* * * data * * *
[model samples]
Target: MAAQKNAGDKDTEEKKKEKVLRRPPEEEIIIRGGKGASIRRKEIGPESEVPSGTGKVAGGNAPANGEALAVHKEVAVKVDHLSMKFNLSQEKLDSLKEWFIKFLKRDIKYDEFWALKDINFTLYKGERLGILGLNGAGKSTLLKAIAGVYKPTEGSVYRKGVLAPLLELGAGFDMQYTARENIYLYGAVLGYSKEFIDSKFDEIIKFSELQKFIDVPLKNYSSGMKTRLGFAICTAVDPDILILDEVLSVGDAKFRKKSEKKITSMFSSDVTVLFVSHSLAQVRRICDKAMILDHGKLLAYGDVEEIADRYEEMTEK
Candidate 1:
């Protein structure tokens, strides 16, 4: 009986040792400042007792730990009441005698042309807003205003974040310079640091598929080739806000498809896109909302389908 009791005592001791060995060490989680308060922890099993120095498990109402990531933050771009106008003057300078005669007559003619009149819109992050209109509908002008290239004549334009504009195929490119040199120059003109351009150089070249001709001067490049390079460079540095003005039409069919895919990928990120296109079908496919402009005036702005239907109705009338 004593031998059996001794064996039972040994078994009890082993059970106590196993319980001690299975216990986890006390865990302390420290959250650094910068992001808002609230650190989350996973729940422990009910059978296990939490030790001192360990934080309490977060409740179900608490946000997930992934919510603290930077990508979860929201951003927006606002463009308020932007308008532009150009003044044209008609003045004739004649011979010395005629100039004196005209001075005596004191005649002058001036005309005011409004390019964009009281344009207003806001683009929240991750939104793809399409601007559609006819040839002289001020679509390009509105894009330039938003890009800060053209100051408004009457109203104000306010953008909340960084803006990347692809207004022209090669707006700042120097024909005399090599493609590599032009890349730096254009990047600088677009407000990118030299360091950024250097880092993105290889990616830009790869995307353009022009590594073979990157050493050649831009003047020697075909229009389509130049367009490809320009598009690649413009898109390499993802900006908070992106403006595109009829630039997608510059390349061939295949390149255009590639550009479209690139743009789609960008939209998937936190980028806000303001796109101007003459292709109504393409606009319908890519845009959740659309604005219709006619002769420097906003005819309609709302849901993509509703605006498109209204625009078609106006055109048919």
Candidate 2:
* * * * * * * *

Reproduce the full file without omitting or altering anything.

[model samples]
Target: MAAQKNAGDKDTEEKKKEKVLRRPPEEEIIIRGGKGASIRRKEIGPESEVPSGTGKVAGGNAPANGEALAVHKEVAVKVDHLSMKFNLSQEKLDSLKEWFIKFLKRDIKYDEFWALKDINFTLYKGERLGILGLNGAGKSTLLKAIAGVYKPTEGSVYRKGVLAPLLELGAGFDMQYTARENIYLYGAVLGYSKEFIDSKFDEIIKFSELQKFIDVPLKNYSSGMKTRLGFAICTAVDPDILILDEVLSVGDAKFRKKSEKKITSMFSSDVTVLFVSHSLAQVRRICDKAMILDHGKLLAYGDVEEIADRYEEMTEK
Candidate 1:
């Protein structure tokens, strides 16, 4: 009986040792400042007792730990009441005698042309807003205003974040310079640091598929080739806000498809896109909302389908 009791005592001791060995060490989680308060922890099993120095498990109402990531933050771009106008003057300078005669007559003619009149819109992050209109509908002008290239004549334009504009195929490119040199120059003109351009150089070249001709001067490049390079460079540095003005039409069919895919990928990120296109079908496919402009005036702005239907109705009338 004593031998059996001794064996039972040994078994009890082993059970106590196993319980001690299975216990986890006390865990302390420290959250650094910068992001808002609230650190989350996973729940422990009910059978296990939490030790001192360990934080309490977060409740179900608490946000997930992934919510603290930077990508979860929201951003927006606002463009308020932007308008532009150009003044044209008609003045004739004649011979010395005629100039004196005209001075005596004191005649002058001036005309005011409004390019964009009281344009207003806001683009929240991750939104793809399409601007559609006819040839002289001020679509390009509105894009330039938003890009800060053209100051408004009457109203104000306010953008909340960084803006990347692809207004022209090669707006700042120097024909005399090599493609590599032009890349730096254009990047600088677009407000990118030299360091950024250097880092993105290889990616830009790869995307353009022009590594073979990157050493050649831009003047020697075909229009389509130049367009490809320009598009690649413009898109390499993802900006908070992106403006595109009829630039997608510059390349061939295949390149255009590639550009479209690139743009789609960008939209998937936190980028806000303001796109101007003459292709109504393409606009319908890519845009959740659309604005219709006619002769420097906003005819309609709302849901993509509703605006498109209204625009078609106006055109048919």
Candidate 2: